Happy Friday, everyone! Today I’m continuing our series of Coffee & Conversation interviews with presenters from the upcoming SCBWI MD/DE/WV 25 and Still We R(ev)ise 25th Annual Conference! Today we have picture book author, Maria Gianferrari in the cyber chair. Missed any previous interviews? No worries, here’s the links:
- Author Laura Gehl
- Mary Barrows, Conference Logo Competition Winner
- Author Sue Macy
- Author Megan Wagner Lloyd
- Author-Illustrator Courtney Pippin-Mathur
- Closing Keynote Speaker, Hena Khan
- Author Meg Eden
Maria holds a Master’s degree in Creative Writing and a Ph.D. in English from SUNY Stony Brook. She is the author of the nonfiction picture books Coyote Moon and the forthcoming Hawk Rising, both from Roaring Brook Press, as well as Terrific Tongues, a concept book coming from Boyds Mills Press in April. Maria’s future nonfiction titles include Whooo-Ku (GP Putnam’s Sons) and A Home For Bobcat (Roaring Brook Press). She is also the author of the Penny & Jelly Books, Officer Katz & Houndini and Hello Goodbye Dog. Maria lives in Leesburg, Virginia with her family.
In the Trenches: From the Query to the Call, Saturday 10:40 AM – 11:30 AM
With Leah Henderson, Courtney Pippin-Mathur, Maria Gianferrari, John Micklos, Jr., moderated by Meera Trehan: You’ve polished your manuscript, you’ve researched agents, you’ve edited your query, and you’ve hit send. Now what? This panel of agented authors will tell you what to expect and what you can learn from the query process, and answer all those questions you might be scared to ask. Whether you’re getting requests, rejections, or radio silence, this panel will help you assess how best you can survive–and maybe even thrive–in the query trenches.
Picture (Book) Perfect: Sunday, A two-part workshop for writers of picture books.
Part 2 with Megan Wagner Lloyd, Courtney Pippin-Mathur, Maria Gianferrari: Three picture book authors share how they stay true to, develop, and refine their unique voices throughout drafting and revision.
Author Megan Wagner Lloyd (Finding Wild, Fort-Building Time) will discuss her discovery of her lyrical creative voice. Author Maria Gianferrari (Coyote Moon, Terrific Tongues, Hawk Rising) will show the strategies she uses for structuring and polishing her nature-focused narrative non-fiction voice. And author/illustrator Courtney Pippin-Mathur (Maya Was Grumpy and Dragons Rule, Princesses Drool) will share how she stays true to her humorous and slightly fantastical artistic voice while incorporating both art and text revision feedback in the publication process. Followed by a Q&A.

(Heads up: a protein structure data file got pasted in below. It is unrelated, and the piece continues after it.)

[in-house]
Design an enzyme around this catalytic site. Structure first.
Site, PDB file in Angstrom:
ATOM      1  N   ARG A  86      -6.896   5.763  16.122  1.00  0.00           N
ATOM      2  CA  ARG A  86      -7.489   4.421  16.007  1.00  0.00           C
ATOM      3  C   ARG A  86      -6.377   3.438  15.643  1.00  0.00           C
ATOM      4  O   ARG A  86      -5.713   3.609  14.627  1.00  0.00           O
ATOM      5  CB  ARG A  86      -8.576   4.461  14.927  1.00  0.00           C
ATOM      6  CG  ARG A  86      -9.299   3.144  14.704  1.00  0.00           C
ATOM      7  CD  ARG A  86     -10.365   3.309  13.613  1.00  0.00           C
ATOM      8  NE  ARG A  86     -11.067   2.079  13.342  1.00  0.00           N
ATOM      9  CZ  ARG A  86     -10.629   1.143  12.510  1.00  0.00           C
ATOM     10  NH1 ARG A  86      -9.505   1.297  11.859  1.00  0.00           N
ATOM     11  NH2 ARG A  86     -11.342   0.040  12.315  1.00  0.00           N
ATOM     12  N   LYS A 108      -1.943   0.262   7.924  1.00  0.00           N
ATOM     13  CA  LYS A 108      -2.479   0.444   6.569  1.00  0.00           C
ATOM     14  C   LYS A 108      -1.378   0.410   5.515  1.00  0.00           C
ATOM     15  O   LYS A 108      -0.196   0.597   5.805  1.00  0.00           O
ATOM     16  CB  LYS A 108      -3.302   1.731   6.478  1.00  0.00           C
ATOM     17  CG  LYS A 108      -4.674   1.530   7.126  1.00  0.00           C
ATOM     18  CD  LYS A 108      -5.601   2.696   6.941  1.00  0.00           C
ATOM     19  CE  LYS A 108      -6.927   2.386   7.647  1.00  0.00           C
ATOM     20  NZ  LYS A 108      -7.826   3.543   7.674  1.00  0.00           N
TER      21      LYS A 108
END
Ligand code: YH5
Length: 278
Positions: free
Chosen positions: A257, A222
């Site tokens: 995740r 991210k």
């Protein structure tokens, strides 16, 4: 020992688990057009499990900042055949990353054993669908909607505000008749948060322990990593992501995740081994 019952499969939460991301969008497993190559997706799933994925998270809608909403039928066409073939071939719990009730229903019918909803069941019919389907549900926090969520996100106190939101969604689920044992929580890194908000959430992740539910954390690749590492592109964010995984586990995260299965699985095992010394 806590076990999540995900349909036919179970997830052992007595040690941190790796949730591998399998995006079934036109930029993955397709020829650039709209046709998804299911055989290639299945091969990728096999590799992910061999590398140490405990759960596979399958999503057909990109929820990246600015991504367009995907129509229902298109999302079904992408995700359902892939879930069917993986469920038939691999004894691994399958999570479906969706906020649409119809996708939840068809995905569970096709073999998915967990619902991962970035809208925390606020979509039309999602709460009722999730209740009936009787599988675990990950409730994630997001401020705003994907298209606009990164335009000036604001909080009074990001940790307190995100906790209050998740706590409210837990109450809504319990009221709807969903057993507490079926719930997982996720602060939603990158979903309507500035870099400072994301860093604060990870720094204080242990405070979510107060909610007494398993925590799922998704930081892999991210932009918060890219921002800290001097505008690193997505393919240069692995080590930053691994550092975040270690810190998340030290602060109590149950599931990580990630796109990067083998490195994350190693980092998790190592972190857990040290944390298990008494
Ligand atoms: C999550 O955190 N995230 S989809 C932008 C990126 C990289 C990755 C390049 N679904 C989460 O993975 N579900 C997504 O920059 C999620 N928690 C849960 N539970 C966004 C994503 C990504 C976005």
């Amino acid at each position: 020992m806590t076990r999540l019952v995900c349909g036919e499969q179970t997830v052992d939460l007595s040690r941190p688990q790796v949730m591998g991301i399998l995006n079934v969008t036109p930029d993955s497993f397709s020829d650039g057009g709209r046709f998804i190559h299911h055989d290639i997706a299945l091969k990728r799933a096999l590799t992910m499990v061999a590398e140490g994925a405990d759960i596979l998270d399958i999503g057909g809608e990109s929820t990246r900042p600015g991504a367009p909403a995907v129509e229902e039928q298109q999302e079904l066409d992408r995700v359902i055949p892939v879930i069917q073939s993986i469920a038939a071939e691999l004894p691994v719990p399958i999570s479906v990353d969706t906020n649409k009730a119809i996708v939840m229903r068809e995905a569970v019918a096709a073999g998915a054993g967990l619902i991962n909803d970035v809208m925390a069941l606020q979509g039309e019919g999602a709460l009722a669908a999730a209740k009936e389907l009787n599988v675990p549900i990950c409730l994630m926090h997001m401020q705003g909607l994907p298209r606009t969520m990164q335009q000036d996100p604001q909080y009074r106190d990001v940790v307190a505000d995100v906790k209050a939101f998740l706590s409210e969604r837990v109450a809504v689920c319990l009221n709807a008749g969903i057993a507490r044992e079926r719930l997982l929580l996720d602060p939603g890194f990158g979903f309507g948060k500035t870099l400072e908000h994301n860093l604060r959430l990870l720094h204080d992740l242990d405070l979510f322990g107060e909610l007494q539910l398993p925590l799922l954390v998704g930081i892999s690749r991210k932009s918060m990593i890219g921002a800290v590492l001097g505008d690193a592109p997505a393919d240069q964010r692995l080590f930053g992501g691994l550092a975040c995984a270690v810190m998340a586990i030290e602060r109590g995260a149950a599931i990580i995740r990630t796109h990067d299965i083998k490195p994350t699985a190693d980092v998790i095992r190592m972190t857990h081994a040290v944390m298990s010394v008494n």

What is your favorite writing how-to book, technique, or website that has helped you improve your craft or provided inspiration?
- For picture books, I still love Ann Whitford Paul’s Writing Picture Books.
- For longer works, Martha Alderson’s The Plot Whisperer is so insightful.
- For inspiration, Elizabeth Gilbert’s Big Magic and Kyo Maclear’s Birds, Art, Life.
- Websites: Tara Lazar’s Storystorm (formerly known as PiBoIdMo); Picture Book Builders; The Little Crooked Cottage; Melissa Stewart’s Celebrate Science to name a few.
How were you inspired to write your current or upcoming release?
I have three books releasing this year. The first, Terrific Tongues, illustrated by Jia Liu, (Boyds Mills Press), was inspired by my then toddler’s obsession with all things tongue. We were living in Berlin at the time, so she’d point to anything in books, photos, or while we were out walking and say, “Zunge,” the German word for tongue. I began to wonder about tongues and starting doing research. What I discovered was fascinating and I was hooked.
I am a self-proclaimed bird nerd, and am particularly obsessed with red-tailed hawks. I love searching for them while driving down the highway. Hawk Rising, illustrated by Caldecott winner, Brian Floca (Roaring Brook Press), was born from this obsession.
I also love dogs, especially mutts, like my rescue dog, Becca. I am inspired by the tireless work of those dedicated to rescuing homeless and abused dogs, and finding them their “furever” homes. Operation Rescue Dog, illustrated by Luisa Uribe (Little Bee) is about a girl named Alma and her rescue dog, Lulu, and how they meet for the first time.
What do they have in common: obsession.
You’ve been locked in a bank vault Twilight Zone style, so you finally have time to read! Your glasses are fine, (whew,) so what’s the first book you crack open?
I’d start with re-reading Louise Erdrich’s The Birchbark House, and then the other four books in the series.
For one day, time travel is a reality and you have the opportunity to visit any famous deceased author you want. Who do you pick?
Without a doubt, Emily Dickinson.
You magically find a $100 bill in your box of cereal. In what frivolous way would you spend it?
On books of course, though they are far from frivolous.
What is your favorite quote?
“It’s nice to be important, but it’s more important to be nice.” John Templeton.
What do you enjoy doing when not writing?
Walking my dog, Becca, birdwatching and observing things in nature, reading and cookie baking.
If you could sum up your best advice for new writers in only four words, what would they be?
Read. Write. Reflect. Revise.
And finally, what’s your favorite:
Time to work? Mornings, after my walk.
Music to listen to while writing? I cannot listen to music while writing—it’s too distracting. I sometimes enjoy listening to nature sounds though, like birdsong, rain and ocean waves.
Pair of shoes? My slippers. 😉
Thanks so much for stopping by, Maria, and we’re looking forward to seeing you at the conference!
Take care, everyone, and happy writing and drawing!